Amazon patents hijack-proof delivery drones
The company filed a patent titled \"Hostile takeover avoidance of unmanned vehicles\" two years ago, and it was finally approved last week. The patent is specifically designed for delivery vehicles, and its aimed at preventing \"nefarious individuals\" from taking over the company\'s drones.
The company filed a patent titled "Hostile takeover avoidance of unmanned vehicles" two years ago, and it was finally approved last week. The patent is specifically designed for delivery vehicles, and its aimed at preventing "nefarious individuals" from taking over the company's drones.
Although there's no guarantee that this patented technology will ever see the light of day, it's still considered a major development — especially for an e-commerce giant like Amazon — since it could revolutionize the company's delivery capabilities.
Amazon discussed the possibility of having drones deliver people's goods within an hour, so this is one step closer to that goal. The company's other drone-related patents include self-destruction when a failure is detected and drones that can respond to gestures and voice commands.
Glen C. Larsen, the Amazon hardware and systems architect who invented the hijack-proof patent, has previously also filed a patent for creating more secure signatures by using holograms. Larsen has mainly patented keyboard-related technologies, so this invention is a first for him.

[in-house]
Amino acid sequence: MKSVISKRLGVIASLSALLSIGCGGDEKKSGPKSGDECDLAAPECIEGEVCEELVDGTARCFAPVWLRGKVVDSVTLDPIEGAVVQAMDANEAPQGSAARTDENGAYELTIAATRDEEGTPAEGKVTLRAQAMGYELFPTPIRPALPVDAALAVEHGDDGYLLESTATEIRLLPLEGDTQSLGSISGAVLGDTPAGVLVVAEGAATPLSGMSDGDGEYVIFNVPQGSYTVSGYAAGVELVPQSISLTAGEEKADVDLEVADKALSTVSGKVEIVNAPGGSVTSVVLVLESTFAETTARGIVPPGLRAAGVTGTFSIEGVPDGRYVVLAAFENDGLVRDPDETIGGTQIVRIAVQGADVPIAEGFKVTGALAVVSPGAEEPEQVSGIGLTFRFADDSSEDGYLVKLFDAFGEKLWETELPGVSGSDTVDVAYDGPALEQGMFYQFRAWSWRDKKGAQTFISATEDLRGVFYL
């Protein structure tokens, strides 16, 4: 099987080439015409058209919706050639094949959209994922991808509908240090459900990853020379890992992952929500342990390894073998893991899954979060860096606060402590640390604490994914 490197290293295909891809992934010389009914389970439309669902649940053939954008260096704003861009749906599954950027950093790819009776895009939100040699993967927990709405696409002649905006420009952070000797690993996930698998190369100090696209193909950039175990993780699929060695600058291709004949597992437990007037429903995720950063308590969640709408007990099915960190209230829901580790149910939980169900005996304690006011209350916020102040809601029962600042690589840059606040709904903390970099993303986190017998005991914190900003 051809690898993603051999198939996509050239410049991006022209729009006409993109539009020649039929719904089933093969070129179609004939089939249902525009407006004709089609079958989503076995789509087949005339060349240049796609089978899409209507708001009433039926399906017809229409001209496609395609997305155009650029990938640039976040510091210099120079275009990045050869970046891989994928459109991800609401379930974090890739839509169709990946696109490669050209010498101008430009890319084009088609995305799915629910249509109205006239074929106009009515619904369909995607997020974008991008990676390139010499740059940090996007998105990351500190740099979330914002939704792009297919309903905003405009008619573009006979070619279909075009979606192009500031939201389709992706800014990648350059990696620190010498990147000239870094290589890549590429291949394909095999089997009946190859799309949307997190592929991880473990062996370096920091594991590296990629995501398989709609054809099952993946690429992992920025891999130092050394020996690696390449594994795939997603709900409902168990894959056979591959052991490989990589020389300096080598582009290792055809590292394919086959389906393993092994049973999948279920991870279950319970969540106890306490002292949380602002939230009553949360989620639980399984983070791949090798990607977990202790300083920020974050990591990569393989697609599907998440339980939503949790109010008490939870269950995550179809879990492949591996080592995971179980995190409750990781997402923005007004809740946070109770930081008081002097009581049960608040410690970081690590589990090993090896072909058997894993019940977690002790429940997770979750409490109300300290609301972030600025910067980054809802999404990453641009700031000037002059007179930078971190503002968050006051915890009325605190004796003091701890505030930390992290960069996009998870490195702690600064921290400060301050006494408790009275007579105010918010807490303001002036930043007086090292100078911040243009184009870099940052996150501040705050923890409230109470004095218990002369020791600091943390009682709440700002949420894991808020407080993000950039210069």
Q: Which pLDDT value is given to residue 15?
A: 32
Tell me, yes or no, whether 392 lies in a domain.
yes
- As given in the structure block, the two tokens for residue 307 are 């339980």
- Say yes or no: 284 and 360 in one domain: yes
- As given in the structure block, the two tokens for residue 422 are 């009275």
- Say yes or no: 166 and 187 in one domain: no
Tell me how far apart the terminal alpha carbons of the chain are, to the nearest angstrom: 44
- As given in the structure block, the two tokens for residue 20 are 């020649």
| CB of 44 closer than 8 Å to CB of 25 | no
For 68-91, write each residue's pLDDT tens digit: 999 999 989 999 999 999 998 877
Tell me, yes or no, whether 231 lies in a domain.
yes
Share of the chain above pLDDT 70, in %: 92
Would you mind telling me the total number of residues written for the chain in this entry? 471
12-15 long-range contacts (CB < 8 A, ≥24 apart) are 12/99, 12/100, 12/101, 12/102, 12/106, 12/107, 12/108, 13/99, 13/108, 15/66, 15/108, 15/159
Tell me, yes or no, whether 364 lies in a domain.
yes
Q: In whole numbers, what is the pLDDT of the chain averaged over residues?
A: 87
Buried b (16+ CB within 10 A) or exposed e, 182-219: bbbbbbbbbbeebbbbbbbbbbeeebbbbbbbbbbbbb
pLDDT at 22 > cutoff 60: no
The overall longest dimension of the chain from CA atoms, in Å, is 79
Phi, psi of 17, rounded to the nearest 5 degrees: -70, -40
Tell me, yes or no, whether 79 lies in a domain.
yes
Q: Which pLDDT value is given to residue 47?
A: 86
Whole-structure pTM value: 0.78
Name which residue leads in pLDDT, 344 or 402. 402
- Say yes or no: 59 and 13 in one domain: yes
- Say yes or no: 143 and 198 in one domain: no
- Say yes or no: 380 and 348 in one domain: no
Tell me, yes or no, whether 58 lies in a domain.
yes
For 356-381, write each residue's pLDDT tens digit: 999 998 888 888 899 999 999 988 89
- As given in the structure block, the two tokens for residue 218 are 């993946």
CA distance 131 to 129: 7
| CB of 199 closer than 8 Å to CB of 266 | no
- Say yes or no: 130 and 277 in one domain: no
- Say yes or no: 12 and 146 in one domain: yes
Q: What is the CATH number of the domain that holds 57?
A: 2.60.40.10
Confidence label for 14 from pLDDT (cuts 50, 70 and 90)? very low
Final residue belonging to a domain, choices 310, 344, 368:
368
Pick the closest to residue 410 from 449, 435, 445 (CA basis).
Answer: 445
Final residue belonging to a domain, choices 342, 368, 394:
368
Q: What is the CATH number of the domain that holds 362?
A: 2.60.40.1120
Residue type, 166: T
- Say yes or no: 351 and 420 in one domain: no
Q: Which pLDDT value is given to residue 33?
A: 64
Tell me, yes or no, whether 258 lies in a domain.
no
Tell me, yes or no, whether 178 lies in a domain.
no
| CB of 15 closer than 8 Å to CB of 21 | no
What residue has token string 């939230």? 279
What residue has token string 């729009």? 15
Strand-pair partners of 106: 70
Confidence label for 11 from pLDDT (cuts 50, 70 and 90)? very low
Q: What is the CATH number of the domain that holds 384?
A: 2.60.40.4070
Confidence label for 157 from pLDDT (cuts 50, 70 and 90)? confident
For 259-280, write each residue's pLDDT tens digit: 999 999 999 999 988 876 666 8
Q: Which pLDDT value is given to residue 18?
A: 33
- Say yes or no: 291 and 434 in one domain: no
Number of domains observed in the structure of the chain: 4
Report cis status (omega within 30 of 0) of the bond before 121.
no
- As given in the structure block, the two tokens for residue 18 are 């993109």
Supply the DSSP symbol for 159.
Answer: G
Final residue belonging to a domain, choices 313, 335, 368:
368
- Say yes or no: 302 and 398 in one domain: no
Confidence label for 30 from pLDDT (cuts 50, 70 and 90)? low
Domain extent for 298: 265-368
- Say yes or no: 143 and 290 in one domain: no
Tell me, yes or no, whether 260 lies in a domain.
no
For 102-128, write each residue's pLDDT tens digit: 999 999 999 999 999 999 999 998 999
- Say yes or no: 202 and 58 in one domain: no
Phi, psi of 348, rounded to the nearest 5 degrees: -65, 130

"As the use of [unmanned aerial vehicles] continues to increase, so does the likelihood of hostility towards UAVs. Such hostility may come in the form of attacks brought for any number of purposes (e.g., steal the UAVs and their payloads, crash the UAVs, and otherwise cause disruption to the operation of the UAVs)," says the patent.
The 19-page document then continues to describe how these fortified drones would be constructed, and it seems solid for Amazon's drone delivery vision. But the bold claims and goals asserted in the document seem more like a gauntlet thrown to challenge-seeking hackers and "nefarious individuals" alike than an end-all-be-all delivery unicorn.